Russia’s invasion of Ukraine and Western sanctions on its oil exports threaten a supply shock that will weigh on the global economy and tighten energy markets even further unless major producers increase output, according to the International Energy Agency.
Energy markets were facing the biggest supply crisis in decades, which could result in lasting changes, the Paris-based agency said Wednesday in its monthly report.
Russia’s invasion of its neighbor has prompted Western nations to levy harsh sanctions on Moscow and the Russian economy. While only some nations, including the U.S., have banned Russian oil imports outright, traders, energy companies and shipping firms are shunning Russian crude, fearful of the reputational risk, the IEA said.
The impact could mean 3 million barrels a day of Russian supply effectively cut off from global markets starting next month, the IEA said. The agency slashed its forecast for global oil supply this year by 2 million barrels a day to 99.5 million barrels a day, based on what major producers of the Organization of the Petroleum Exporting Countries have currently agreed to pump.
The lost supply has sent energy prices surging. Oil prices have jumped to multiyear highs, while prices for natural gas, gasoline and coal have also risen. Other commodities upon which the global economy depends and which are produced in significant amounts in Russia, such as some metals and basic foodstuffs like wheat, have also jumped in price.
Those higher prices will “increase inflation, reduce household purchasing power and are likely to trigger policy reactions from central banks world-wide—with a strong negative impact on growth," the agency said.
The result will also mean a blow to oil demand, but not by enough to balance the lost Russian supply. Demand for oil will be 1 million barrels a day less this year than the IEA was expecting last month at 99.6 million barrels a day. The IEA also cuts its forecasts for oil demand growth this year by 1.1 million barrels a day, to 2.1 million barrels a day.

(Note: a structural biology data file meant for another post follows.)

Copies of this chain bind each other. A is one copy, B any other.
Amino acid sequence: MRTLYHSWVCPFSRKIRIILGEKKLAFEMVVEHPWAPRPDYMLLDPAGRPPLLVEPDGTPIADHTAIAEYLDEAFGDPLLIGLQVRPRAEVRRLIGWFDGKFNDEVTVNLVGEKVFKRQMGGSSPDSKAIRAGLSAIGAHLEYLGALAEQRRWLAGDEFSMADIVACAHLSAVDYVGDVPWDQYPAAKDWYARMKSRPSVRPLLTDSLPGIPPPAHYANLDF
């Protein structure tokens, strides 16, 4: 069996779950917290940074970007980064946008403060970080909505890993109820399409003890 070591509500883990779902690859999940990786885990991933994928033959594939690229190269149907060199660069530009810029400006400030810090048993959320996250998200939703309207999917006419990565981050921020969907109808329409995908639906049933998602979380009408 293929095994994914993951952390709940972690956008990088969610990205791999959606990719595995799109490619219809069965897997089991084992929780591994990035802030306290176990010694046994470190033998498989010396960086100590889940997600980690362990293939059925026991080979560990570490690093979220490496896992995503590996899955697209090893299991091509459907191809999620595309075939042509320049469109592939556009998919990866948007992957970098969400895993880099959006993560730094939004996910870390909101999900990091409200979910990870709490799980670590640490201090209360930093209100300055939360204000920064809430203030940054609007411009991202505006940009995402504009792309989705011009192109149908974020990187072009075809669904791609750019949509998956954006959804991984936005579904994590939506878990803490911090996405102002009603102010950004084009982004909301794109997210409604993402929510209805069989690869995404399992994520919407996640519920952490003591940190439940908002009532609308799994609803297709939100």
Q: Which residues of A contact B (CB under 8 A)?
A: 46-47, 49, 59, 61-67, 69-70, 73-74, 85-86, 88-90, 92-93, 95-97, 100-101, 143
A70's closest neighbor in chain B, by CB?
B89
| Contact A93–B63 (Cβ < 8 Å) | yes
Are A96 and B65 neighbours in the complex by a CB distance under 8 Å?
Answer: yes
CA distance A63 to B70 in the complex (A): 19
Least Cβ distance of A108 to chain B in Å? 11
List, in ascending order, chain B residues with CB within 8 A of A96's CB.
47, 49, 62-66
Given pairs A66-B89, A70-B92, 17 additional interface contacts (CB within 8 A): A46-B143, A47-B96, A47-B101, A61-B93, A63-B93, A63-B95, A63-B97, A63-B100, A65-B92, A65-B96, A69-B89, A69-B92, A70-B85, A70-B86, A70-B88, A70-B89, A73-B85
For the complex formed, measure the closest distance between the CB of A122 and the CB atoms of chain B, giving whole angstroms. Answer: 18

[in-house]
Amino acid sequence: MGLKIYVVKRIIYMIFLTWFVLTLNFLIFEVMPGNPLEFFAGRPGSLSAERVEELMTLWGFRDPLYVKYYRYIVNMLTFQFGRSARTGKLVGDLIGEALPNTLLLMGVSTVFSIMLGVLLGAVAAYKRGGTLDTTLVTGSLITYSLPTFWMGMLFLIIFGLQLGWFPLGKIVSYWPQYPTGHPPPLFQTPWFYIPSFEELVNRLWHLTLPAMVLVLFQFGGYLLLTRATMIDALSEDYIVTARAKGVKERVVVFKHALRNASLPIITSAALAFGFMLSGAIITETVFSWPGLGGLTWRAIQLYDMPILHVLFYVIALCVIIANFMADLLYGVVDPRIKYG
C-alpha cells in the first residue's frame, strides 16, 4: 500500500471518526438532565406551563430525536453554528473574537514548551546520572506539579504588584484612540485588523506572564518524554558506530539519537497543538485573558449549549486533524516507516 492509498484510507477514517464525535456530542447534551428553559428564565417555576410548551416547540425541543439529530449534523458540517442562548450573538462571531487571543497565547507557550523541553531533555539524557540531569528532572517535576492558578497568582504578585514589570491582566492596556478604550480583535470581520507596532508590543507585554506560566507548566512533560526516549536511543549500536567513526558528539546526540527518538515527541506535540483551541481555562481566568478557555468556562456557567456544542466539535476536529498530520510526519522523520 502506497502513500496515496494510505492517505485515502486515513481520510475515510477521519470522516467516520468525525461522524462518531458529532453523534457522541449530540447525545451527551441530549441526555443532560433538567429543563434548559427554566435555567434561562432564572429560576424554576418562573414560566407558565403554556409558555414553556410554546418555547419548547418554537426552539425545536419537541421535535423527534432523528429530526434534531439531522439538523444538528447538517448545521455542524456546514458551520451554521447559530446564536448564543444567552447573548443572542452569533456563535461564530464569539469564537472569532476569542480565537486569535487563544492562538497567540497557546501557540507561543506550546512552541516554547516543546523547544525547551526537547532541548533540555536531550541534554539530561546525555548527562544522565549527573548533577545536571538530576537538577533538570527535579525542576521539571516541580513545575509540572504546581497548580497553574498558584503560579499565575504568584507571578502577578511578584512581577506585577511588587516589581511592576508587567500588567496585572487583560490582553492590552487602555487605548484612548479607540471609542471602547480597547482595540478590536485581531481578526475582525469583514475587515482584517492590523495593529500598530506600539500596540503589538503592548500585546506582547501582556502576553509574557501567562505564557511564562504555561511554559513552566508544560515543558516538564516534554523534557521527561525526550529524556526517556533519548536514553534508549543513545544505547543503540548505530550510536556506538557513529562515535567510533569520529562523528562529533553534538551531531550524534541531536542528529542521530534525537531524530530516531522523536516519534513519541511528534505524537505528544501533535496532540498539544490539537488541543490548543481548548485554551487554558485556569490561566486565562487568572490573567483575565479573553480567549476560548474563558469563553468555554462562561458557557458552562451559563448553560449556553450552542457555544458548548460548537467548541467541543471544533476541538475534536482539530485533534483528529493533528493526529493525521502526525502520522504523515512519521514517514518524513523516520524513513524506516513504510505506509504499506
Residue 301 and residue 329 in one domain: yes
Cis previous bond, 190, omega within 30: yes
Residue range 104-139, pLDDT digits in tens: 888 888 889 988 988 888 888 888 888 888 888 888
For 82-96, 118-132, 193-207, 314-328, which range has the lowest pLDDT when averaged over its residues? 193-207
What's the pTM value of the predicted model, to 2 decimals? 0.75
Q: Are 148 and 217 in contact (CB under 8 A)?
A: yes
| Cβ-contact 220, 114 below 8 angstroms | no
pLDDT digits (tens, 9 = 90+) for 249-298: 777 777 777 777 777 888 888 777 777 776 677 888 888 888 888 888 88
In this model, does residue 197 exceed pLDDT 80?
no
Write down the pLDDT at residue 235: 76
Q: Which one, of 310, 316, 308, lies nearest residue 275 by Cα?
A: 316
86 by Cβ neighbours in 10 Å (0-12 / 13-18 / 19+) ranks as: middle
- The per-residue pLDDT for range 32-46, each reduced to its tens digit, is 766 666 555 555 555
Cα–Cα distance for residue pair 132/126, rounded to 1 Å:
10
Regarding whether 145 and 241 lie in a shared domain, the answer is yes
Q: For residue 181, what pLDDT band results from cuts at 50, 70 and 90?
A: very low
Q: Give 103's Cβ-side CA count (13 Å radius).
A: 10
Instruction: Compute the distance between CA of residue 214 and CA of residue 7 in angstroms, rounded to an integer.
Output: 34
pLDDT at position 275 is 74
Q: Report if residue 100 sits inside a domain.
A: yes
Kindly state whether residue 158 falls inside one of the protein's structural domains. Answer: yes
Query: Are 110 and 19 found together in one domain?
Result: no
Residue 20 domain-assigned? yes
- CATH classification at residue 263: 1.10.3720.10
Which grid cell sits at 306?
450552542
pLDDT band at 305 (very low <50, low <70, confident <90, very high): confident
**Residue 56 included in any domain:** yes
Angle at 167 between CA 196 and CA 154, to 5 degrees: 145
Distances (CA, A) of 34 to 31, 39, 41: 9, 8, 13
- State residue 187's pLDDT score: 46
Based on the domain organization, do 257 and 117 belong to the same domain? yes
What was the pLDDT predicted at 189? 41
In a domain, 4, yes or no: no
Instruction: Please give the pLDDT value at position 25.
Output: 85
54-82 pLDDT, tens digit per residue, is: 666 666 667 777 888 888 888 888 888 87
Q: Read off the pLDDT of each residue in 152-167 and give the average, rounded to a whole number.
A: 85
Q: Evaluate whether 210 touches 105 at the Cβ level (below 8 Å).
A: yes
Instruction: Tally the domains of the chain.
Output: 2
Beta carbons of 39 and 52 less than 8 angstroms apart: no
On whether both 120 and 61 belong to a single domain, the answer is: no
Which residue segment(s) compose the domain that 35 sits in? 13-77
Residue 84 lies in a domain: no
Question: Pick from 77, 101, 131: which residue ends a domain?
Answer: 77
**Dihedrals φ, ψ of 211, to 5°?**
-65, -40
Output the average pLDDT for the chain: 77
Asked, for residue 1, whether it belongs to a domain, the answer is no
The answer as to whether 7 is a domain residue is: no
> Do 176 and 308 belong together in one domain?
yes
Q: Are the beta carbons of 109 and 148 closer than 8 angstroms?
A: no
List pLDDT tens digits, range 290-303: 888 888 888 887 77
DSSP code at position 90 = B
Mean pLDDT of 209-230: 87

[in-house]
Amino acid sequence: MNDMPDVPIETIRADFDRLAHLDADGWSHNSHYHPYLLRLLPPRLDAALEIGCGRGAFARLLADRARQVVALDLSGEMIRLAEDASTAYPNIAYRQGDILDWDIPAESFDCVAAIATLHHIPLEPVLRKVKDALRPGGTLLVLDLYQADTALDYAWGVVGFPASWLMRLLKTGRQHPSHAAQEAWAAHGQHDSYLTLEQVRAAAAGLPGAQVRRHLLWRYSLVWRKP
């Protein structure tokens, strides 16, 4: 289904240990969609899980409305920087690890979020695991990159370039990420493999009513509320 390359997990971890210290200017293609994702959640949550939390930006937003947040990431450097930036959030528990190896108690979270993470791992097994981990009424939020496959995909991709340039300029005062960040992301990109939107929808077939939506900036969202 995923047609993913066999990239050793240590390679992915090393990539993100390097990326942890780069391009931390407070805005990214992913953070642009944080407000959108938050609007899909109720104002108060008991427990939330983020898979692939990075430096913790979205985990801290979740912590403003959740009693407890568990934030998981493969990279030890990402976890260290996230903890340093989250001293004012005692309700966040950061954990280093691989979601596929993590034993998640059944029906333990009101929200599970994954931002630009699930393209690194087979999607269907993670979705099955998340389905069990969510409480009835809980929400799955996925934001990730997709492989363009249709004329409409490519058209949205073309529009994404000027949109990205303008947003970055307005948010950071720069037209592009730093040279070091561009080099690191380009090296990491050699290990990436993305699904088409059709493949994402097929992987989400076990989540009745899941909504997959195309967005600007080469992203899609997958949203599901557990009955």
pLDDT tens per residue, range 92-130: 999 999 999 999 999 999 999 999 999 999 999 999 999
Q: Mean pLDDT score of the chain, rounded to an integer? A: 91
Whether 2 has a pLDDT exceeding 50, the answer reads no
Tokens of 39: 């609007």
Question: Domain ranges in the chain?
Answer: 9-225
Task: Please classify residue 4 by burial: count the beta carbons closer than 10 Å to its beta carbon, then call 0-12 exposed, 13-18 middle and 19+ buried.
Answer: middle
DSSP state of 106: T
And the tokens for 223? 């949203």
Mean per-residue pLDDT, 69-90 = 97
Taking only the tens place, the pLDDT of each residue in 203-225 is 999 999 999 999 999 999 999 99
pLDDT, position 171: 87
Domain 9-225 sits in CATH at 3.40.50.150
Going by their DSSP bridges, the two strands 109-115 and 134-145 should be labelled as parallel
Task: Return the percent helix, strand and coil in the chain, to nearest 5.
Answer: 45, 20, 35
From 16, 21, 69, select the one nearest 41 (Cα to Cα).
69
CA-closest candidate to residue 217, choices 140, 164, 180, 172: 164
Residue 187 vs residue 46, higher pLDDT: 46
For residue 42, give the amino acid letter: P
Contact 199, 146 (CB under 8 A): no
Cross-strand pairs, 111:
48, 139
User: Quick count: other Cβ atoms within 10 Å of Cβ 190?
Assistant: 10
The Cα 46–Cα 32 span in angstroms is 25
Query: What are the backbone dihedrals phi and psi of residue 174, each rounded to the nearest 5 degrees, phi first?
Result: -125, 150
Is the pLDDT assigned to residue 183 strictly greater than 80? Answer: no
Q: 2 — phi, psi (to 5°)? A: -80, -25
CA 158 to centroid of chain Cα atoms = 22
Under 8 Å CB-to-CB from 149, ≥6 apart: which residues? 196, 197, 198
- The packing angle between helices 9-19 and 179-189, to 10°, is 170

The oil market will slip into a deficit as early as the second quarter unless the OPEC group of oil producers increase their supply levels, the IEA said. Beyond the spare capacity of leading OPEC members Saudi Arabia and the United Arab Emirates, there are no other sources of additional supply that can balance the market. Oil inventories have already been depleted to multiyear lows and the prospect of additional supplies from Iran seems a long way off.
The warning highlights how the situation in Ukraine is also increasingly looking like a political headache for OPEC which since 2016 has struck an uneasy alliance with Russia and a group of other oil-producing countries, known as OPEC+.
The cartel has rebuffed pressure from major Western oil consumers to increase the pace of its monthly supply increases, which have so far been capped at 400,000 barrels a day. Doing so could appear to be taking sides—against Russia.
There were signs, however, that a Western diplomatic effort to urge Gulf oil producers to pump more was working. The United Arab Emirates last week said it would push other OPEC members to pump more oil.
U.K. Prime Minister Boris Johnson traveled to the Gulf on Wednesday to meet with Saudi and Emirati leaders in a bid to convince them to increase oil output.
The issue has been compounded by OPEC+’s own inability to meet its supply targets, due in part to ailing oil infrastructure in some member countries. The group’s output lags behind its targets by 1.1 million barrels, the IEA said.
The IEA has taken its own steps to ease oil-market tightness. Its members agreed earlier this month to release around 60 million barrels of oil from emergency stockpiles, but the amount was seen as too little to have a meaningful impact. The IEA said that its members were ready to release more crude from inventories.